By NEMS Daily Journal
Remembering the people who died in the Sept. 11, 2001, attacks and citing those who died trying to save the lives of the terrorists’ human targets, has prompted a healthy discussion among many about heroes and heroines.
Hundreds of people attained that status on 9/11. The toll among first responders – firemen and policemen – climbed into the hundreds because they were relentless and sacrificial in trying to get people out of the burning twin towers of the World Trade Center.
Their valiant efforts ended with the towers’ collapse.
Earlier this week reserve Marine Cpl. Dakota L. Meyer was awarded the Medal of Honor for his extraordinary heroism in saving the lives of his fellow combatants and some civilians in a 2009 ambush in Afghanistan. Meyer, a Kentucky construction worker, said he would rather have the buddies he lost in that firefight standing with him than to have received the medal, our nation’s highest citation for valor.
Heroes have been important for as long as people have held others in highest esteem, especially in specific contexts.
The late Peter Gomes, a Baptist minister and writer, said in his book, “The Good Life: The Great Virtues,” “Heroes were invented so that we might have examples by which to model our own lives. They were placed on plinths and pedestals not to remove them from us or to keep them at a distance but that more of us might see them and emulate them.”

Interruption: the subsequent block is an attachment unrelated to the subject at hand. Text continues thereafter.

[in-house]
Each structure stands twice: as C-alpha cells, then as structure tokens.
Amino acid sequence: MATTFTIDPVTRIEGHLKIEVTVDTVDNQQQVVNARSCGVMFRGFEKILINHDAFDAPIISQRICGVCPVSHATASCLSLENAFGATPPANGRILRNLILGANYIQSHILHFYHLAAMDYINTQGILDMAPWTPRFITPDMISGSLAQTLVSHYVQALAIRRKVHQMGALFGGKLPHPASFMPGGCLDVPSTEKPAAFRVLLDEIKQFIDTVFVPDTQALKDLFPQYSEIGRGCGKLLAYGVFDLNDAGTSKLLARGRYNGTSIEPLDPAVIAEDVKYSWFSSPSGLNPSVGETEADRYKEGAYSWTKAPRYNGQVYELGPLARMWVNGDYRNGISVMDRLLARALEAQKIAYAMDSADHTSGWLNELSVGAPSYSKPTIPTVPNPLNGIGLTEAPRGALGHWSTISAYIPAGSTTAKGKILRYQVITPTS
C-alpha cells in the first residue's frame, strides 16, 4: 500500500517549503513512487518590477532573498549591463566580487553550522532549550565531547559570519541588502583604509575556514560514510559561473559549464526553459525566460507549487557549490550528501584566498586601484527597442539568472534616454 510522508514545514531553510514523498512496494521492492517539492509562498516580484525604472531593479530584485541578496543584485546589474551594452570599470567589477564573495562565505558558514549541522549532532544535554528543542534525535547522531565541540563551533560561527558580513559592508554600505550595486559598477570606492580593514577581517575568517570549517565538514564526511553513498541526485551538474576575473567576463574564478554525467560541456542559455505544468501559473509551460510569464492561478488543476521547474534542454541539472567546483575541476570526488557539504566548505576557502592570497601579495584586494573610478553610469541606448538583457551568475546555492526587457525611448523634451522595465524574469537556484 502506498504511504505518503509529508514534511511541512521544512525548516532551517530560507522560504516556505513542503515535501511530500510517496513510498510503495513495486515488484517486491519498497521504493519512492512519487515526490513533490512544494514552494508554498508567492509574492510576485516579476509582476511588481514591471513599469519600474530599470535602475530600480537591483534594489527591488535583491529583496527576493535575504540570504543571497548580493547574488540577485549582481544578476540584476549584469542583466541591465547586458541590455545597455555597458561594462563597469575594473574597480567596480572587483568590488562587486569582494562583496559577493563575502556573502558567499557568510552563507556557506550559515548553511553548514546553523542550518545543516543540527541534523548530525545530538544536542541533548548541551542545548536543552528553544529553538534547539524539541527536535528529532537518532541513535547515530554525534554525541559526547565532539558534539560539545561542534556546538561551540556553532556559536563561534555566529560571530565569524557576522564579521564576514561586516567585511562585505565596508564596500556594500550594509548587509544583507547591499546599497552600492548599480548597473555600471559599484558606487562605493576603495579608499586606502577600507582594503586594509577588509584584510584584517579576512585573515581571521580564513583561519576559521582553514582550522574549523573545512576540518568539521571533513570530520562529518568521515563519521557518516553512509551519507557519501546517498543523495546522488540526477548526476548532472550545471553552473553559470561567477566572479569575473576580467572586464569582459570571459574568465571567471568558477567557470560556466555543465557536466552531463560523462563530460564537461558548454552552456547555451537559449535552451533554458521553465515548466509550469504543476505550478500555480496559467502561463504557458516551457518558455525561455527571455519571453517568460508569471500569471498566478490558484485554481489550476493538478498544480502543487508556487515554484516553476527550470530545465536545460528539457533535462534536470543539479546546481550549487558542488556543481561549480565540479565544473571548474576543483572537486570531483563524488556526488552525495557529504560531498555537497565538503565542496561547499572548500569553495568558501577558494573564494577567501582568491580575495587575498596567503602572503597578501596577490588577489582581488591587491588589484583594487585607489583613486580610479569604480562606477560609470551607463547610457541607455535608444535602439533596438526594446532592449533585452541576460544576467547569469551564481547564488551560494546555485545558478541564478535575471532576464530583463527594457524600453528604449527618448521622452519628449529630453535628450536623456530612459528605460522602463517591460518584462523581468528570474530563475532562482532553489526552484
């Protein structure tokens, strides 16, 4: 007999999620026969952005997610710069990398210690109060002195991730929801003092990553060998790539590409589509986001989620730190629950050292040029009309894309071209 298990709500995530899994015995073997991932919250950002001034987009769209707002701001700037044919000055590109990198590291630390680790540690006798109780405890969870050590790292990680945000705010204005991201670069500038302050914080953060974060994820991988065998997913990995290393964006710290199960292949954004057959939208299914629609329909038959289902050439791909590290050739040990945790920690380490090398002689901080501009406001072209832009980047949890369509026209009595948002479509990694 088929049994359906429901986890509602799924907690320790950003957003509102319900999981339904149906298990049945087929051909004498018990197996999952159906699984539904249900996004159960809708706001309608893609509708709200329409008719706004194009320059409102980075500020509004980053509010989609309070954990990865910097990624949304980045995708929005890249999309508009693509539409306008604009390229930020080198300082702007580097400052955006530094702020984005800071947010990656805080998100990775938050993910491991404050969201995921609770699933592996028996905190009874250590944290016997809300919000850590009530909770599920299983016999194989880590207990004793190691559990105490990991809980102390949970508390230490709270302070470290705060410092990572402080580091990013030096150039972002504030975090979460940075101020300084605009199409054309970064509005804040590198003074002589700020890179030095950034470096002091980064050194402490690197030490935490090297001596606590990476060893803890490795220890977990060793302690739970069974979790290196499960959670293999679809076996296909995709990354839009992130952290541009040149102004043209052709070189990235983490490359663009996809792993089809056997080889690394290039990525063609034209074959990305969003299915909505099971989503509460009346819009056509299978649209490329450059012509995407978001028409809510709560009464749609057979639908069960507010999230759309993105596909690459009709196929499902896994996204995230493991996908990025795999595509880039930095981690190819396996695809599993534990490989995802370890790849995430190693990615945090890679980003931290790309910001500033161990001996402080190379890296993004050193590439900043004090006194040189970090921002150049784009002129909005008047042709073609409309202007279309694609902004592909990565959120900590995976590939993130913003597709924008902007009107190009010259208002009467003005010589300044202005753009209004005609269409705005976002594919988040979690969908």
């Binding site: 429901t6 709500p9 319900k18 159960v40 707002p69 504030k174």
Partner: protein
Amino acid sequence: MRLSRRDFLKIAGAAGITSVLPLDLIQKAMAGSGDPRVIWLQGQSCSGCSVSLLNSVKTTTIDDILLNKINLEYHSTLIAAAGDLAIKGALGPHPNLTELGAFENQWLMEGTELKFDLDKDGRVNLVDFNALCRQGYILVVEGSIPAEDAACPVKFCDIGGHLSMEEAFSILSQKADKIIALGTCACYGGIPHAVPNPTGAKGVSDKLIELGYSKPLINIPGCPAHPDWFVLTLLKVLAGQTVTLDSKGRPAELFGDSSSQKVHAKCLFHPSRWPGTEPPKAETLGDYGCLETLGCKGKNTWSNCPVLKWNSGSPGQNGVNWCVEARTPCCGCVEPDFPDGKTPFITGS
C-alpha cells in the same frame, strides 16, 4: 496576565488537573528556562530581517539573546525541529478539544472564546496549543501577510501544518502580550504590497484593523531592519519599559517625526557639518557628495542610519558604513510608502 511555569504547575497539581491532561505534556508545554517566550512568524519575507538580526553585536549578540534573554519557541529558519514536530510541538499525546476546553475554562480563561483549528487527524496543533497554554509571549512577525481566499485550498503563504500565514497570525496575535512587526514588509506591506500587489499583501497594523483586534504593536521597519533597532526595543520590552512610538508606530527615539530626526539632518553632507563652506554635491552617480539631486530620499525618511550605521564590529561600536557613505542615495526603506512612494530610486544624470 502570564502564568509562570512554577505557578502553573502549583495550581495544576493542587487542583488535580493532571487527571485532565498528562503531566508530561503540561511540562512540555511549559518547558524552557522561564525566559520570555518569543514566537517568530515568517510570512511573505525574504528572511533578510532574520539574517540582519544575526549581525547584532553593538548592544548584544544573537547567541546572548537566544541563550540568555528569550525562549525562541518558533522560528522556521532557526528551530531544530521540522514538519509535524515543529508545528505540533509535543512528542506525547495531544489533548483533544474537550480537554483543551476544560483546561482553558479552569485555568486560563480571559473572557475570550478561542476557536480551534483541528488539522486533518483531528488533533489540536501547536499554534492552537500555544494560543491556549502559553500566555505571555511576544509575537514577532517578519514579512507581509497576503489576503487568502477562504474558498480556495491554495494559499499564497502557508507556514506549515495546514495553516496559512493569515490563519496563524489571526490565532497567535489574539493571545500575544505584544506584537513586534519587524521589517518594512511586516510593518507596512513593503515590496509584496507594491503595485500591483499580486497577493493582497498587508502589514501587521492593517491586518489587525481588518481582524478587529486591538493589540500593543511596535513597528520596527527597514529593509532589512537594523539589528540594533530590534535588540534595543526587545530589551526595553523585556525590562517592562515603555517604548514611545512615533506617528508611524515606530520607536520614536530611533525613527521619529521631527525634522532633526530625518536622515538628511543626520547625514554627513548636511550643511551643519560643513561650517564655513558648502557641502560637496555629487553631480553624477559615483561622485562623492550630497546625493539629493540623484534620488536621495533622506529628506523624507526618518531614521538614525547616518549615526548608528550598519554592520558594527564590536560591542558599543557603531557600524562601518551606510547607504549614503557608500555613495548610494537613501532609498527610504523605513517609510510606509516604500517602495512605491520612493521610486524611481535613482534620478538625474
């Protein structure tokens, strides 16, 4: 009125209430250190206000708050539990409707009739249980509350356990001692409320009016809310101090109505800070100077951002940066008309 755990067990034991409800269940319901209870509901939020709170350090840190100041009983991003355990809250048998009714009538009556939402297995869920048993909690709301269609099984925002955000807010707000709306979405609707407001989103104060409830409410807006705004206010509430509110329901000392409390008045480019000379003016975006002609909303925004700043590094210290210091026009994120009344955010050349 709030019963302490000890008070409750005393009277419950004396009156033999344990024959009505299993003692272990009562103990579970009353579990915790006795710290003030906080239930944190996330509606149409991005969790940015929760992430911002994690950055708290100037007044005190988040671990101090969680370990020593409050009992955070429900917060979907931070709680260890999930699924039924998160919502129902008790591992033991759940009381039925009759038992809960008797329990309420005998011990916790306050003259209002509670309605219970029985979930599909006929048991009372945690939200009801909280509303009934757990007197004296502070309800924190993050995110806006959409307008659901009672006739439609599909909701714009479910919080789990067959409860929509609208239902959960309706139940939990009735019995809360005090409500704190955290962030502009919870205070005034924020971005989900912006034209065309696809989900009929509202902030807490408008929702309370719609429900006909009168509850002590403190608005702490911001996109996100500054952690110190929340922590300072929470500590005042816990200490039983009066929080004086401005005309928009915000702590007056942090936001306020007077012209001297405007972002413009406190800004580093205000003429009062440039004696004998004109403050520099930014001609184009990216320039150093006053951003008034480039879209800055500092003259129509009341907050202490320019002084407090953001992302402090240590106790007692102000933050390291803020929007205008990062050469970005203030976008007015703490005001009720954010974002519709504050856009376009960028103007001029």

Heroes, Gomes wrote, are profiles in hope to encourage, stimulate and enable us.
Few people who have had anything resembling a normal life have not had heroes and heroines – those others – whether by direct relationship or by convincing memory – who influenced and inspired the admirers.
Gomes uses the example from the New Testament Book of Hebrews, which cites ancient heroic personalities of faith in the Hebrew scriptures who believed in a hope not fulfilled in their lifetimes:
“These all died in faith, not having received the promises, but having seen them afar off, and were persuaded of them, and embraced them, and confessed they were pilgrims and strangers on the earth.” Hebrews 11:13 KJV
In essence, heroes and heroines don’t always achieve what they set out to achieve, but their hope and faith in doing what they could made them worthy of emulation.
Gomes also has strong cautions for our contemporary culture about confusing celebrity with heroism:
“The difference between the heroes and the celebrities is that, on one hand, heroes have qualities we value as intrinsically good, and we celebrate our heroes for those good qualities and seek to emulate them. Celebrities, on the other hand, may or may not be good, but we create celebrities and we unmake them as well, and hence the so-called power is with us and not with them. … Who cares about Brad Pitts’ views on the economy? What Hollywood stars would you like your children to turn into as adults? What made Donald Trump think we could take him seriously for more than he is?”
The 21st century, Gomes suggests, will renew the search for models worthy of hope and emulation.
As he wrote, maybe this century will witness the recovery of the heroic and the renewal of the exemplary.